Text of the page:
The IMS technology has been promoted extensively the last few years, but few successful deployments have been shown. Although its introduction is slow, there are a large number of drivers that will eventually push converged services into the marketplace. What are the major drivers for IMS?
I’ve now returned from 3GSM in Barcelona. There are of course many trends as always. Which ones become big will only be seen with real deployments some time in the future. Some of my thoughts are:
- IMS is dehyped, but convergence is not. I think this probably means IMS is finally ready for real life deployments. Technically we know that there is still some way to go before IMS could be succesful.
- The operator’s own Community of Mobile Instant Messaging is turned more towards a message of SMS Evolution. Colibria has been preaching this for many years, but now many other vendors are also. If the operator is to launch their own IM service, they have to tie it very closely to SMS. The conference had a lot of talk about the demonstration of interconnect between Telefonica and Vodafone.
- Mobile TV seems to be hot, but it’s not definite which standards will be used, and exactly how it’ll be deployed for more mass market applications.
- Many other cool niche applications and concepts. For example, I talked to a company that makes a special textile that is push sensitive and can be made into keyboards, built into jackets etc. This will have lots of cool applications.
- Windows Mobile 6 has been launched. Seems to be better.
- Nokia S60 are launching Open C (ability to use open libraries in Symbian), which will make development and application porting easier.
- TrollTech showed their Linux based development phone GreenPhone. Very cool, both the design and the concept.
- GPS in Mobiles
- Not as much mobile social networking as I’d expect. Though there were discussions regarding Vodafone’s exclusive deal with MySpace.
- And lots of other stuff.
The time for 3GSM is approaching. What will be the major trends? I think quite clearly Mobile Instant Messaging will be big, with a dedicated stand area and many vendors and operators showing success stories. But what will be the other trends?
Where did IMS go? Will we see the IMS hype return? How about push to talk? Any success stories there?
Social networking and blogging on mobile is bound to be present… who’ll be presenting the most interesting stuff in that respect?
I’ll obviously be there and will try to report a bit about what’s happening… still 2 weeks to go though…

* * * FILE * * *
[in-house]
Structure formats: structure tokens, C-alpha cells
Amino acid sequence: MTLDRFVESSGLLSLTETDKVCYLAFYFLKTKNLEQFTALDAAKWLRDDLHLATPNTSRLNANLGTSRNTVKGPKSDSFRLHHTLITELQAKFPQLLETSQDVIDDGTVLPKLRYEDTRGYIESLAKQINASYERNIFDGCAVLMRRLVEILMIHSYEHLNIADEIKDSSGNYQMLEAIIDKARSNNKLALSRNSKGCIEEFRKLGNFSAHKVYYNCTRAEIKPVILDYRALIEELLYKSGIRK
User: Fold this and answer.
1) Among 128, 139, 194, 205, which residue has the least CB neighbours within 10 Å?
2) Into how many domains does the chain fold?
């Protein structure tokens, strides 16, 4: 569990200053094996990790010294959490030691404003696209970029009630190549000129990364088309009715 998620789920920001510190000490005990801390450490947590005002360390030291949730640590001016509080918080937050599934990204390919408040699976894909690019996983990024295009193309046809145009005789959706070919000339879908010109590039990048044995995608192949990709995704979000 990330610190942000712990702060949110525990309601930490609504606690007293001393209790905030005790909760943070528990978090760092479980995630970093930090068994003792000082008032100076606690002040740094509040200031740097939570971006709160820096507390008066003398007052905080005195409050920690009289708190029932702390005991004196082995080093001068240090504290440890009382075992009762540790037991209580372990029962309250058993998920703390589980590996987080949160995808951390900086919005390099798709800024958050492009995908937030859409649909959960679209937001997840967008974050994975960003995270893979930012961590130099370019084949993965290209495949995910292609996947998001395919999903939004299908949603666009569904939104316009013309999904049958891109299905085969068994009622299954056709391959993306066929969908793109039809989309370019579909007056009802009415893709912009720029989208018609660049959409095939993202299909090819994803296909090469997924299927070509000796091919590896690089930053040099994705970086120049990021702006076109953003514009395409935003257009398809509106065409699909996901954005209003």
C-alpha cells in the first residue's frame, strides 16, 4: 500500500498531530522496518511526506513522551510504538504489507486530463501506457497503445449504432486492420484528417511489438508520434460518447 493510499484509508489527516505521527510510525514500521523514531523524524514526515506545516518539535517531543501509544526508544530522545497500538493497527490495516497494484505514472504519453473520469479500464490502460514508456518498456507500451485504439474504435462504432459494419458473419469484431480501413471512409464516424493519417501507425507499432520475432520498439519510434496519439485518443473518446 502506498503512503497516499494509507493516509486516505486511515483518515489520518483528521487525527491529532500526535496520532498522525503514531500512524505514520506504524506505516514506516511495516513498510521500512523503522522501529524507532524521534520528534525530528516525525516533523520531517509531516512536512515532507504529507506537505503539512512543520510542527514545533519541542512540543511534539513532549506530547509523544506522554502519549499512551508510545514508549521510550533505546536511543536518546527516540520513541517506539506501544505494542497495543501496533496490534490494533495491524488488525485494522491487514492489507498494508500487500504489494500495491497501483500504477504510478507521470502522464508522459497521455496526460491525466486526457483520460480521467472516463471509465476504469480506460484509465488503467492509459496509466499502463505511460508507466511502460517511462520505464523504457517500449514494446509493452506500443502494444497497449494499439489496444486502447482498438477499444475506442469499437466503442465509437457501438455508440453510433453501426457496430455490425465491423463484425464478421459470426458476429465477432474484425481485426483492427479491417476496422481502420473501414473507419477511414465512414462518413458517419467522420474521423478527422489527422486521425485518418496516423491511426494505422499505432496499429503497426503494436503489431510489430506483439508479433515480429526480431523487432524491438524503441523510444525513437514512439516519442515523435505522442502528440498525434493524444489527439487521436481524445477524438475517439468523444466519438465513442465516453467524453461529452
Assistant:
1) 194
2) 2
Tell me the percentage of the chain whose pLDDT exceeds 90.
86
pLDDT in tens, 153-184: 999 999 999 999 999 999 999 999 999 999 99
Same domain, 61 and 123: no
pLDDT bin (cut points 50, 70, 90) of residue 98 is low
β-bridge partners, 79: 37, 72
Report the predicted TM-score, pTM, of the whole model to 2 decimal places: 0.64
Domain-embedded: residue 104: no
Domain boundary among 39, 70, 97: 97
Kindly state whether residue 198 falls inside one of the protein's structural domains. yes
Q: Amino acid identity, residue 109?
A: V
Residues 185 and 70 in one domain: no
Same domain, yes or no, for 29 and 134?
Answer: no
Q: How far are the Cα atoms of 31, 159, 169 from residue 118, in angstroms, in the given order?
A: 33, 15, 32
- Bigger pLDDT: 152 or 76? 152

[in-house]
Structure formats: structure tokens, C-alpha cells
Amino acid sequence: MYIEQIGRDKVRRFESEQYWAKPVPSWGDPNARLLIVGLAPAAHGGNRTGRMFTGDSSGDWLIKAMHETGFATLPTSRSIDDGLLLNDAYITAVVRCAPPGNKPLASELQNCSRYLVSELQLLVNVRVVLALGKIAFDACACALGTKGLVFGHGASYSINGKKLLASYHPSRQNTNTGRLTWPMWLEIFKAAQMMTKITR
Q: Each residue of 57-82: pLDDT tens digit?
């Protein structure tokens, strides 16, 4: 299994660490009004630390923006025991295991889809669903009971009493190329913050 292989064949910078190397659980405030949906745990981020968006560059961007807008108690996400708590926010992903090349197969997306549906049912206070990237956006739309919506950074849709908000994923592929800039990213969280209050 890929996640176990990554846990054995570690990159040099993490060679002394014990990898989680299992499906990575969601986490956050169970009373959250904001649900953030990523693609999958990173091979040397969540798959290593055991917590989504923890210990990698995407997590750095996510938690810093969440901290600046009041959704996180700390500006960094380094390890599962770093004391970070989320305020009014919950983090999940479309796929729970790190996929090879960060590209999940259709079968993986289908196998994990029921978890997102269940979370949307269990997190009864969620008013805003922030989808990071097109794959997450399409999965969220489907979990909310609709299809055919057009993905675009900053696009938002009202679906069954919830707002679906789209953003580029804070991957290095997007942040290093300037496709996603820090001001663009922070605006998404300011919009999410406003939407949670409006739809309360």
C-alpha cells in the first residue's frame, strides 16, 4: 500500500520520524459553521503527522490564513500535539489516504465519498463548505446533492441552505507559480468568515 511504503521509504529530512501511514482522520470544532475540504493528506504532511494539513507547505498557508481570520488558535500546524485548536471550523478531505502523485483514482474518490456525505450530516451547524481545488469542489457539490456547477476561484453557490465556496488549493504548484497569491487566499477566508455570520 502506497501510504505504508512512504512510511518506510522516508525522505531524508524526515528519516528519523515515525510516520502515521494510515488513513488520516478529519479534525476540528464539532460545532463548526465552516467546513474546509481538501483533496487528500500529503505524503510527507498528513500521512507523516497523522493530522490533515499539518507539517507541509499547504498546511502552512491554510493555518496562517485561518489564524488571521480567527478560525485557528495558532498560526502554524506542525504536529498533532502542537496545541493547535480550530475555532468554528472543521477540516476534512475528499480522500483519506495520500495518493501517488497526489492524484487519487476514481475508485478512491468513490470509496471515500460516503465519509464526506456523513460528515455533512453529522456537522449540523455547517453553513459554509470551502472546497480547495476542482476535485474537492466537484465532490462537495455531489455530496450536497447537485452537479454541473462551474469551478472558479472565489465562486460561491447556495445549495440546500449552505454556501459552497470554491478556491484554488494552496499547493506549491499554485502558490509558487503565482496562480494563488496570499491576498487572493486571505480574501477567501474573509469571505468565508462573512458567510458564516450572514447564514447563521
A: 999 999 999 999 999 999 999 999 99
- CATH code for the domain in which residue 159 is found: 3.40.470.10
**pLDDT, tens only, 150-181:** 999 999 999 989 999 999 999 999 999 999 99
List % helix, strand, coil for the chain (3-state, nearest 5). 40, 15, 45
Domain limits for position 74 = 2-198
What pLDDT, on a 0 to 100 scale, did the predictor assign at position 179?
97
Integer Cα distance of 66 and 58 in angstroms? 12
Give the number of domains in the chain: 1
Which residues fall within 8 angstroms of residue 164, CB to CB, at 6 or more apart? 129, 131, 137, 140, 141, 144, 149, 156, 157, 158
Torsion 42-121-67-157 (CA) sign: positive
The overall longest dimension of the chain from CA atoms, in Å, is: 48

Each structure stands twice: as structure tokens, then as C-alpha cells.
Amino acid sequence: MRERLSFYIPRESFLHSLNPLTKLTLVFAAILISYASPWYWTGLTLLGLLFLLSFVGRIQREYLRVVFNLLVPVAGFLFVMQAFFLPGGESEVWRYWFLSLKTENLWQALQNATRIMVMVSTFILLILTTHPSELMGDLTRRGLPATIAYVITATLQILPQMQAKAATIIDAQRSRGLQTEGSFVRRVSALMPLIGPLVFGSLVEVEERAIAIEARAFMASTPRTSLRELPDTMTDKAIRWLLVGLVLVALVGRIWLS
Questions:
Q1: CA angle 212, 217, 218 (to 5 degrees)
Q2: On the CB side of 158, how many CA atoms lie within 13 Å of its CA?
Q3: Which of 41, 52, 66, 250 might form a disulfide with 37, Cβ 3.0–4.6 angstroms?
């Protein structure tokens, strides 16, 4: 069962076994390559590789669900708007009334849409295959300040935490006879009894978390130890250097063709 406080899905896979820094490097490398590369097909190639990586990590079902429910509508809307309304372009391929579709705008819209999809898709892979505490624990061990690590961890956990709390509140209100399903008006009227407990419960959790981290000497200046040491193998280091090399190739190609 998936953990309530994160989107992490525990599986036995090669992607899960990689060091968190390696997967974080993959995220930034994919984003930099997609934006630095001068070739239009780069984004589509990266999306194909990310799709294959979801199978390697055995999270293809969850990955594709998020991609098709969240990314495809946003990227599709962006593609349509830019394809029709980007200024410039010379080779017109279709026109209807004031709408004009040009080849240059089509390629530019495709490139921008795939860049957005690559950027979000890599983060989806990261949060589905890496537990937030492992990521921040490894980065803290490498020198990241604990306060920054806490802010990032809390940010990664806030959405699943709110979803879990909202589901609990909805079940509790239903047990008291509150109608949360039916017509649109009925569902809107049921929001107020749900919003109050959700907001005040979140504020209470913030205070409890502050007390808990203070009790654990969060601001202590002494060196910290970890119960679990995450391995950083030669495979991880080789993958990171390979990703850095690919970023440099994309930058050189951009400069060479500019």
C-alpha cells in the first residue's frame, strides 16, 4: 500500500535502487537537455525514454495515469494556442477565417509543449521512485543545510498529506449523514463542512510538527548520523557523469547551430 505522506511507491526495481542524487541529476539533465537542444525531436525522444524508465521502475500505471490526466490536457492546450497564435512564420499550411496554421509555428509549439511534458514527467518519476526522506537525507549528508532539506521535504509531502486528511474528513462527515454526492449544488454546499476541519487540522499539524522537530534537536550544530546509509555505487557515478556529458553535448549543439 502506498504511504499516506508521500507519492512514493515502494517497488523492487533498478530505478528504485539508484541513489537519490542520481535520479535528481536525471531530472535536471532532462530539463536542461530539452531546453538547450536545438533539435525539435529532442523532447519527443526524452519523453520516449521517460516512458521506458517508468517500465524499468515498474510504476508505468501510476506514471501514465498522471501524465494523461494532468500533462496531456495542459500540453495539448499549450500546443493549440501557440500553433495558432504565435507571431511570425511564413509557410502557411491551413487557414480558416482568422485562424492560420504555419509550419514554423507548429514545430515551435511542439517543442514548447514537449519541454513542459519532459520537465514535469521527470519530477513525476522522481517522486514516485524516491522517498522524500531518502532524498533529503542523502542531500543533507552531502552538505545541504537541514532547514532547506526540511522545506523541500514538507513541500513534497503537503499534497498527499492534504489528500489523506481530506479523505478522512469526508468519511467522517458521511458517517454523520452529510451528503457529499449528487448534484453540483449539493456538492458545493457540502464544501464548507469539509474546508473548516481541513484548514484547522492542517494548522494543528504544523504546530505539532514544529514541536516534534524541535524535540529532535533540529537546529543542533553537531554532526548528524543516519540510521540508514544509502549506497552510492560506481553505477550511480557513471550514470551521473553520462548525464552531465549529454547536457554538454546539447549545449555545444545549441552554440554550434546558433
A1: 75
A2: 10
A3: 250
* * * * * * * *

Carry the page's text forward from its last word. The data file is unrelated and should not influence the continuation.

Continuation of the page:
I really like the Apple TV box that Apple has presented. I have long thought that the best positioned companies to present such a solution have been Apple, Microsoft and Sony. Interestingly only Microsoft seems to have gone for a standard PVR type solution, while the others will have to be based on more on-demand TV. Maybe the first product I buy from Apple?
I’ve been able to find quite a lot of good bloggers and researchers in the US who focus on instant messaging and social networking. I haven’t found much in Europe. Does anybody know of people in Europe who do research on this? Colibria held an operator summit last year in Lillehammer, and we asked Richard Ling from Telenor R&D to come and talk about IM and SMS, and he made some good points. Just ordered his books from amazon. Other people and sites?
Fred Stutzman just wrote a good blog article about what will happen in 2007 with social networking. His opinion is that social networks will not have success with going mobile in 2007. That may be true or not, but if they do, what sort of things will they have to consider? Social networks are now very web browser focussed. People long hours on these sites, editing their own profiles and viewing others. It isn’t given that a successful mobile social network would be exactly the same. These are some of the questions we have to ask:
Telenor launched an MSN service on a few handsets some weeks ago. Not a very impressive client and user experience at all, in my opinion. It’ll be very interesting to see how successful this is in the Norwegian market, which has very high MSN penetration. It seems Telenor are cooperating with MSN at this point rather than launching their own IM service. Despite the much-too-basic user experience, I’m pretty sure this will be so succesful that it’ll hurt their SMS revenues.
danah boyd and her colleagues have written some interesting articles on usage of social networks, such as MySpace, Friendster etc…